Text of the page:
Letters from Midgard
Killing Miss Prignasal
Can you just see poor Miss Prignasal squirming in agony? It seems that television actors actually emphasize these words whenever they say them, just to be sure we heard. Do they make your head spin with delight? Are we having fun yet? Now that we can say a--- on television, t--- won't be long in coming. Both words refer to body parts I plainly adore, but what is the goal here? Are the scriptwriters trying to murder Miss Prignasal slowly, by degrees? Is the strategy to induce a new set of juvenile giggles every few years, until the vocabulary is finally used up? What will we do then?
Moving from the free broadcast venues to paid venues such as movies, pay-TV, and theater, we encounter f--- and its relatives. This word can be useful, descriptive, and even charming in certain contexts. But I have heard writers who say they use it (as profanity, not as a descriptive verb or noun) because it adds "authenticity" to dialogue. If the goal is to write dialogue that is authentically dumb and depressing and thoroughly misunderstands what maturity and intensity are, they might be right. There are characters for whom profanity is appropriate, up to the point that we've gotten the message. After that: enough, where the recognition of enough is one of the essences of art.
With many modern scripts, though, I wonder if the writer is being paid by the word, where f--- is the only word that matters. When they write this way, do they imagine the Authenticity Meter is automatically pegged at 11? And when I'm subjected to it, can I get my money back?
The attempt to kill Miss Prignasal has been going on for a long time. I once saw a stage comedy from the 1920s in which the boorish boss character punctuated most of his lines by yelling "G--- d-----!" I suppose this language was hot stuff back then. Even eighty years later, it got a good laugh the first couple of times as we came to understand what this character was about. After that, the response was only that nervous titter emitted by an audience when they know they're supposed to respond, but aren't sure they want to any more.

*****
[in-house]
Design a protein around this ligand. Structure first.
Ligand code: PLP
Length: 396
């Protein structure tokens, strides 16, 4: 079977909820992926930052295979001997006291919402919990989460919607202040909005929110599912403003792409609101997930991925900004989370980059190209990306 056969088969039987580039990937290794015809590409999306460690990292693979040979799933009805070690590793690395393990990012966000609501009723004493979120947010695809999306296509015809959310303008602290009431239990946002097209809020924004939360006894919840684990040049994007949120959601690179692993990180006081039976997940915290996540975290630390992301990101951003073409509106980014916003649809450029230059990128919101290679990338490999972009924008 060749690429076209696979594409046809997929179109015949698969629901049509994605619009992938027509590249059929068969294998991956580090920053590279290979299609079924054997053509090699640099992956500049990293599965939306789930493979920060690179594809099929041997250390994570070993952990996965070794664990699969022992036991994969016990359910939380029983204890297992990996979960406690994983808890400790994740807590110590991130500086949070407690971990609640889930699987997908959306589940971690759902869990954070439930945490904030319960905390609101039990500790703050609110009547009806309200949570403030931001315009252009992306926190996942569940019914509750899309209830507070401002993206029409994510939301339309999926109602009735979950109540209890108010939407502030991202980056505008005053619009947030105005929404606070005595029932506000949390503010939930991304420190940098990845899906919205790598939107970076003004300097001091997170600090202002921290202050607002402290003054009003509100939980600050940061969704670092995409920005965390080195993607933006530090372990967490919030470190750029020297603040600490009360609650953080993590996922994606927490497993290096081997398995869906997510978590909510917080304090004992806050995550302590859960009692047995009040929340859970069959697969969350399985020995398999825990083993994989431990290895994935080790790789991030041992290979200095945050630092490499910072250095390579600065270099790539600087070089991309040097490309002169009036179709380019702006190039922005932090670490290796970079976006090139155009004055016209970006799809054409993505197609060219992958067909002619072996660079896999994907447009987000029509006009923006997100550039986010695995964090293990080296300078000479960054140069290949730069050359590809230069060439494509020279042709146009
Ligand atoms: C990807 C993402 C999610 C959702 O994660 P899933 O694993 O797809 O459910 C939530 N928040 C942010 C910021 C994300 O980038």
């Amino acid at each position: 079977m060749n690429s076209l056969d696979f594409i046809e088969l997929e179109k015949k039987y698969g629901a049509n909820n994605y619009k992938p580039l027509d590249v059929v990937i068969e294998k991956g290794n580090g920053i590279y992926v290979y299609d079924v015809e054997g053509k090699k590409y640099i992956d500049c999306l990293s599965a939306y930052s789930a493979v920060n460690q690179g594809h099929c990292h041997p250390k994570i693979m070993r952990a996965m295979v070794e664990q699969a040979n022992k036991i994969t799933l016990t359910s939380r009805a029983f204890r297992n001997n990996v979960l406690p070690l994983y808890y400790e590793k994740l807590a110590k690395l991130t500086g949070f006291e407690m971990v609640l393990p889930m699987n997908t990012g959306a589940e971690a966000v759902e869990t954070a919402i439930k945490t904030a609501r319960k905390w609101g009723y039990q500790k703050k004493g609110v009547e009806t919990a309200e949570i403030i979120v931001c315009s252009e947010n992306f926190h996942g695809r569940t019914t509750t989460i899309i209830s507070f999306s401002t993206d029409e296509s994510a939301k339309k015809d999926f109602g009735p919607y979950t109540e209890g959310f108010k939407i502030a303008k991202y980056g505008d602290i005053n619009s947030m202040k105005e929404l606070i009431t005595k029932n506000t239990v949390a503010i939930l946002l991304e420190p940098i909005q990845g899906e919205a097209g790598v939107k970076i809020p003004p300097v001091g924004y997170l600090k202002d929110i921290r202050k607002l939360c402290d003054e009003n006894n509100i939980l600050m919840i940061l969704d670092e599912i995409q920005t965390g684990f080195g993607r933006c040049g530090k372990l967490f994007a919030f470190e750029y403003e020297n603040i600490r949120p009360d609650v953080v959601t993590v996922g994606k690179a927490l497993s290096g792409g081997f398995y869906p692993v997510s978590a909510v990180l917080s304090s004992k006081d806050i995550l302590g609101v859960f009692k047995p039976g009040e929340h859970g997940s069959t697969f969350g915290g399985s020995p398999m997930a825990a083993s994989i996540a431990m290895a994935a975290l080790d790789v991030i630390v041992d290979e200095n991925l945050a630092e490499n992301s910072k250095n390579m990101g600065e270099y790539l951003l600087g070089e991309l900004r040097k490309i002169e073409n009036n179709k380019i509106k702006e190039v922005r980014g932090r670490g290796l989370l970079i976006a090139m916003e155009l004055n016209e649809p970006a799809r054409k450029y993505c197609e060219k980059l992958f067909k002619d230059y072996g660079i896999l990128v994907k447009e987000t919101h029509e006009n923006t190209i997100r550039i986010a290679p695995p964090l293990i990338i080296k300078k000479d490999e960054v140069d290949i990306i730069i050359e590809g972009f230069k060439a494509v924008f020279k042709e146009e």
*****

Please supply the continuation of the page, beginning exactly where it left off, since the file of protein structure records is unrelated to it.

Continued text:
The attempts on Miss Prignasal's life became more determined in the 1960s, which I remember well. I am old enough to remember some of the 1950s and its expectations of conformity. Apparently, I wasn't the only one who was unwilling to accept them, and bucking such expectations can be a good thing if they've gotten out of hand. But, as with many lessons of the 1960s, the real issue of reasonable individual freedom was forgotten, and tilling the anti-field of the out-of-bounds became a goal in itself.
Now that soil grows only weeds. Miss Prignasal's body is buried out there somewhere, but her decaying carcass turned out to be not very good fertilizer. But what did anyone really expect? Have her murderers even noticed that she's dead?
This issue goes far beyond the use of words that used to get children's mouths washed out with soap. Crassness and disrespect are now the basic construction materials of many writers. Trashiness-on-purpose has become a virtue. I can't exactly say this will come to a bad end, because I think it already has. Ideas matter, even bad ideas. Art matters, even bad art. If ugliness is what we consume, ugly is what we become. That's the power of art. Is that what we want?
Agnes Prignasal terrorized us with just how blue her nose could be (and it thrilled her to do so). To her, good riddance. But Agnes has a classy cousin who is a very different person. Due to a strong family resemblance, some people have a hard time telling them apart, while others, who ought to know better, don't seem to care. But I, for one, hope we will become much better acquainted.
Steven Thor Abell is a storyteller and the author of Days in Midgard: A Thousand Years On, a collection of original modern stories based on Heathen myths. As of 2013, he is also Steersman of the High Rede of The Troth.
Abell's column, "Letters from Midgard," is published on occasional Thursdays on the Pagan channel. Subscribe via email or RSS.